Friday, July 9, 2010

An international Sunday school lesson commentary

For Sunday July 11, 2010

(Live a life that glorifies GOD)
(2 Thessalonians 1)

According to information recorded in scriptures, it is highly likely that Paul’s second letter to the Thessalonians was written in Corinth, during his second missionary journey, probably within twelve months of his first letter to that church in A.D. 50.
It is Paul’s third known canonical writing, if we assume that the letter to the Galatians was the first, and the first letter to the Church at Thessalonica was the second. Corinth is the last known place that Paul, Silas, and Timothy were all together (Acts 18:5), and so Paul’s mentioning of that fact here in this letter (2 Thessalonians 1:1) lends credibility to the time and location of its writing.
This letter was written in response to new developments that had taken place since the writing of the first letter. Persecutions in Thessalonica had intensified and many Christians were struggling in despair and losing hope. Also, false rumors were spreading that Paul was saying that the time of the end had come, and, as a result, many people in Thessalonica had stopped working and were living off others instead. They had taken the attitude of “Why bother, if JESUS is coming back tomorrow to end the world?”
In the Greek, the word used for “encouragement” is “parakaleo” (par-ak-al-eh-o), and it means “to call one near, for the purpose of giving comfort to, usually through prayer”. Here in 2 Thessalonians 1, the Apostle Paul seeks to encourage the Thessalonians through praise and supplication. He expresses his gratitude for the increasing love that they were showing for each other in hard times, and, for their perseverance through all of their suffering. However, Paul is not praying that the Thessalonians find immediate relief from their trials, but rather, he is praying that they be worthy of GOD’s calling by persisting through their suffering, and thereby, putting themselves in a better position to fulfill HIS purpose in them.
Paul knew of the difficulties and trials that Christians would have to face in a world that insists on living in ways that are contrary to the will of GOD. Trials are permitted by GOD in order to help us achieve HIS ultimate calling upon our lives. And so Paul prays that the Thessalonians would respond in a positive way to GOD’s testing, and be able to fulfill the purpose that GOD has in mind for each of them. He was seeking to teach them that, when troubles persist, they should pray to GOD for strength to endure, and not just for relief. Trials are not sent to make us fail, but rather, they are sent to strengthen us and make us better warriors in the army of CHRIST JESUS.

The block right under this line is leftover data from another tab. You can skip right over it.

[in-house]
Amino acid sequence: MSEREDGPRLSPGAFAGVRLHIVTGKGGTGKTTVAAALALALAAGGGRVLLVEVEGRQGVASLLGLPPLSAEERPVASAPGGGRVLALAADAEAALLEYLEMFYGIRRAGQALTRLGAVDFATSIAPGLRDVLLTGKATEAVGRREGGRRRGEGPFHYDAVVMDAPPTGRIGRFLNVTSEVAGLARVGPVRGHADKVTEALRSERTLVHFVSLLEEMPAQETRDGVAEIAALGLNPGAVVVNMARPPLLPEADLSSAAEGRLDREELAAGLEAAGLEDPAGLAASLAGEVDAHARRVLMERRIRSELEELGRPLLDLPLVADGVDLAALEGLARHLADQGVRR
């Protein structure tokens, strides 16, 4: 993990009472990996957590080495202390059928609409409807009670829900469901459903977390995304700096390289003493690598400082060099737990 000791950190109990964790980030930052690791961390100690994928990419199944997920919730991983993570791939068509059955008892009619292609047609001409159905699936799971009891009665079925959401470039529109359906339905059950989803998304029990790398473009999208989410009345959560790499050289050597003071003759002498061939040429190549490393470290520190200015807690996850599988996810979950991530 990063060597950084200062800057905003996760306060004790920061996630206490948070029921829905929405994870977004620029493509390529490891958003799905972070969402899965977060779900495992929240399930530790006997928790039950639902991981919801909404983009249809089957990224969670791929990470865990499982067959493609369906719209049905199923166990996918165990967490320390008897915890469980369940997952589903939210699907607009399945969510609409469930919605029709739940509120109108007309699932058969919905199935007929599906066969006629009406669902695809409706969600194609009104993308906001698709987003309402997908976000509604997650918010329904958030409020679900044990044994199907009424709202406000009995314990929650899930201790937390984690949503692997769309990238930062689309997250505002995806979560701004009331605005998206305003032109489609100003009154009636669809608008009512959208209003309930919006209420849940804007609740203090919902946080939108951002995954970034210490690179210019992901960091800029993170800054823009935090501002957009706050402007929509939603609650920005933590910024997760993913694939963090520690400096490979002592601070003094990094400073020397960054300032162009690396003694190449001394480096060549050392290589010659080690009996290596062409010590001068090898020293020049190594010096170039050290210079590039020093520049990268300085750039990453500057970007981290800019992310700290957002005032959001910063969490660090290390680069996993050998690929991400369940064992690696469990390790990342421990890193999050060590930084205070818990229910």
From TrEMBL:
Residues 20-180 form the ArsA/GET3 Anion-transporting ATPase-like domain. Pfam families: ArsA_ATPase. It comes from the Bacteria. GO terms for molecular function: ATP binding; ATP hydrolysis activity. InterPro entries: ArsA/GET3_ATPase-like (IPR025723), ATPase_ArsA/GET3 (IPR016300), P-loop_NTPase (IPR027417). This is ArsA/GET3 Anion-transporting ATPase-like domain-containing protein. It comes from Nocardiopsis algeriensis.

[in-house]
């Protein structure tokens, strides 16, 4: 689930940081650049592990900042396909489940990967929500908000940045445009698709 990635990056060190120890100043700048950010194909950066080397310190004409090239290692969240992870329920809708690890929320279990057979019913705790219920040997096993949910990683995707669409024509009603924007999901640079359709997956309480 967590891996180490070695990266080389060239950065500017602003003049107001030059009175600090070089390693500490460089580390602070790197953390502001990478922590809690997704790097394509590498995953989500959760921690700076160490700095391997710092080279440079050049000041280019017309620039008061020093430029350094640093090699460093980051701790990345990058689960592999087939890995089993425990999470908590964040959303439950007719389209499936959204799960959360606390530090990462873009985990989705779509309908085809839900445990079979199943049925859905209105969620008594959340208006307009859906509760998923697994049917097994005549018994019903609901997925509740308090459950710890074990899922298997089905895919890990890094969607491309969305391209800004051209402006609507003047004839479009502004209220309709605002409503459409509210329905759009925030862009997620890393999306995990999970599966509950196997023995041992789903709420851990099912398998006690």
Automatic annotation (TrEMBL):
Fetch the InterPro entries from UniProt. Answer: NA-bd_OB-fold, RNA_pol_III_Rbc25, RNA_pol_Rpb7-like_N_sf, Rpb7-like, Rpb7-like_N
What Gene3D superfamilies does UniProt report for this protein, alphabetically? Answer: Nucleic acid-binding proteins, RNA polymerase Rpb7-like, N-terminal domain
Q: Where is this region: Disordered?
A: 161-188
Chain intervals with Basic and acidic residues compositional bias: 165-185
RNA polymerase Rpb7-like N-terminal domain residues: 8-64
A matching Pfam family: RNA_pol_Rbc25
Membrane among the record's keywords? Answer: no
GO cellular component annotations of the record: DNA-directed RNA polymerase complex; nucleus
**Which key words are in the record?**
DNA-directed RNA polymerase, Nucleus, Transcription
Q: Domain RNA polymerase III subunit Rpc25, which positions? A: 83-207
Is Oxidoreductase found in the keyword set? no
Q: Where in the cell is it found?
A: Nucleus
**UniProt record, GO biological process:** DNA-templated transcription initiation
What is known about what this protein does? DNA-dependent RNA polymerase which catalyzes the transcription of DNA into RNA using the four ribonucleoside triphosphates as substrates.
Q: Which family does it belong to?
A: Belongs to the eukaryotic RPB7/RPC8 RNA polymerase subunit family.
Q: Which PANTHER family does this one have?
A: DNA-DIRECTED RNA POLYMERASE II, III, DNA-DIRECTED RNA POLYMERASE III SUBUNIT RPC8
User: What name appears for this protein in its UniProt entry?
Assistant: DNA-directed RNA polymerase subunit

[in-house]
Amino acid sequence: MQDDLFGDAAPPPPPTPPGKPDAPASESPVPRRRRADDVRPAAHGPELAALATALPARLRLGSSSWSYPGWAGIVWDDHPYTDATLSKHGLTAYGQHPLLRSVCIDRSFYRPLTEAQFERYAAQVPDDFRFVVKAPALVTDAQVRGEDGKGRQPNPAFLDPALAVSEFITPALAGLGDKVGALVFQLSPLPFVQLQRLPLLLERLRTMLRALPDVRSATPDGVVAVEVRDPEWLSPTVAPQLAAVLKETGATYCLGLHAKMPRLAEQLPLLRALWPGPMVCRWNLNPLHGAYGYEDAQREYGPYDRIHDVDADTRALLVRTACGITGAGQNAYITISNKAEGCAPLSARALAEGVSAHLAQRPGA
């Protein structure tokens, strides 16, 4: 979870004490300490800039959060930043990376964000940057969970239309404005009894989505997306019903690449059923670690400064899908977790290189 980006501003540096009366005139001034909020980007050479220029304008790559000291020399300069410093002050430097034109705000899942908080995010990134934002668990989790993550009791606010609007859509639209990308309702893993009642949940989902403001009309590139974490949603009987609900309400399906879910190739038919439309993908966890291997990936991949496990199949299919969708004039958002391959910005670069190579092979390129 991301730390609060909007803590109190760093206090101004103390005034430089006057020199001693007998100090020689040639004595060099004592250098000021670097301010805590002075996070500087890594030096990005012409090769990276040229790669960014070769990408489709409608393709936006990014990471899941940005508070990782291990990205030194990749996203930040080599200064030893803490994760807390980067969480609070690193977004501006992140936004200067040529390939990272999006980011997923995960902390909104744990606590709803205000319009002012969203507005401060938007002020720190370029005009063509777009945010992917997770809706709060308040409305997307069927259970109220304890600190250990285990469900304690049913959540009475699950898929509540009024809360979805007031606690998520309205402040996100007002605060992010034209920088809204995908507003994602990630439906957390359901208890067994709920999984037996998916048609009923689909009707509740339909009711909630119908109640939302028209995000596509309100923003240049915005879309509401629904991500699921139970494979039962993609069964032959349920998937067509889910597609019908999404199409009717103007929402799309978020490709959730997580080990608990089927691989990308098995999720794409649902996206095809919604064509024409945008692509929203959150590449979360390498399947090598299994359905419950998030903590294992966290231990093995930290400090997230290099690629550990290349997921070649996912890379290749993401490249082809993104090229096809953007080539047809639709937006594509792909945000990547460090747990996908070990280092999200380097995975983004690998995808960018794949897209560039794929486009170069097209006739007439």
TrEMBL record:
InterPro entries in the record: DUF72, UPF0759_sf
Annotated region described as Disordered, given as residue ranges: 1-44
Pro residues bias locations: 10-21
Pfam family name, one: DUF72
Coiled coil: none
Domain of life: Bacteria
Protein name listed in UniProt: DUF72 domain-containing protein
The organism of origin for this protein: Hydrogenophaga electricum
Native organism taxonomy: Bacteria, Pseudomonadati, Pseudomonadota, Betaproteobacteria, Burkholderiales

As I mentioned earlier, false rumors had been spreading throughout the Church at Thessalonica saying that Paul had identified their present trials as being the beginning of the end, or the onset of the “Day of the LORD”. However, Paul is really urging the Church to stand firm and rejoice in their salvation, and in the awareness that, when JESUS does come, they will indeed, share in HIS Glory.
Many people complain today that GOD is not fair. They say that the wicked prosper while the righteous suffer. In verses 6-7, Paul is insistent when he says, in effect, that GOD is not only fair, HE goes beyond being “fair”, and is indeed “just”. Being “just”, requires GOD to “pay back” troubles to those who trouble the righteous, and give relief to them in the process of time. GOD is good, just, and fair, in all things, but HE does not necessarily balance HIS books at our convenience, HE does it when it will best serve us, in the most beneficial way possible. In other words, GOD does not necessarily balance HIS books every weekend.
In the biblical Greek, the word sometimes used for “train”, or “teach” is “paideia” (pahee-di-ah), and it means “to guide or direct, sometimes by disciplinary means”. Verses 5-9 tend to indicate a righteous response from GOD toward those who do evil acts upon those who serve HIM. These verses tell us quite plainly, that, GOD’s discipline is not vindictive, however, it can be harsh, because wickedness must be redressed in a manner that teaches us to respect the will of GOD and reduce our desire to do things our own way.
Paul promised to continue to pray for the blossoming church at Thessalonica. Like with all of the newly founded Christian churches, he wanted them to always glorify and honor GOD, and reflect JESUS’ image to others, through their own personal behavior.
Christian unity must always transcend the organizational differences of the various denominations within the body of CHRIST. And we must pray that our good intentions, or our intended faithful deeds, will not hinder us from doing what GOD has really called us to do, and that is, to remember what we all have in common, CHRIST JESUS, and to win souls over to HIM, largely, through our own obedient behavior.

A Sunday school lesson by,
Larry D. Alexander

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